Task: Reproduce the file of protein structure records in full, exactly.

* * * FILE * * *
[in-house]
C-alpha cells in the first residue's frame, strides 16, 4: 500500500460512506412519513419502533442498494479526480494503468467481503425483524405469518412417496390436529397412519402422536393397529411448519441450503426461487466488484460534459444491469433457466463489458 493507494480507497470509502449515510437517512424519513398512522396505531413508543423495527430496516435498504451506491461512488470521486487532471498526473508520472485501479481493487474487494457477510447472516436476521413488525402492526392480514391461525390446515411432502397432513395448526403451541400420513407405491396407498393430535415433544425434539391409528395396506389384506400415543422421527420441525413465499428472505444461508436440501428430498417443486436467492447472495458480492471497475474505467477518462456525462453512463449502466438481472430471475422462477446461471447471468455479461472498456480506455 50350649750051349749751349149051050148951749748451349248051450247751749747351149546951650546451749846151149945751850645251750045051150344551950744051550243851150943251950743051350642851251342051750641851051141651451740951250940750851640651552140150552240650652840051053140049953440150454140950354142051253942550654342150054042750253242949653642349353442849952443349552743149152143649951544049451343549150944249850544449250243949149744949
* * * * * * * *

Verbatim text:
[in-house]
C-alpha cells in the first residue's frame, strides 16, 4: 500500500460512506412519513419502533442498494479526480494503468467481503425483524405469518412417496390436529397412519402422536393397529411448519441450503426461487466488484460534459444491469433457466463489458 493507494480507497470509502449515510437517512424519513398512522396505531413508543423495527430496516435498504451506491461512488470521486487532471498526473508520472485501479481493487474487494457477510447472516436476521413488525402492526392480514391461525390446515411432502397432513395448526403451541400420513407405491396407498393430535415433544425434539391409528395396506389384506400415543422421527420441525413465499428472505444461508436440501428430498417443486436467492447472495458480492471497475474505467477518462456525462453512463449502466438481472430471475422462477446461471447471468455479461472498456480506455 50350649750051349749751349149051050148951749748451349248051450247751749747351149546951650546451749846151149945751850645251750045051150344551950744051550243851150943251950743051350642851251342051750641851051141651451740951250940750851640651552140150552240650652840051053140049953440150454140950354142051253942550654342150054042750253242949653642349353442849952443349552743149152143649951544049451343549150944249850544449250243949149744949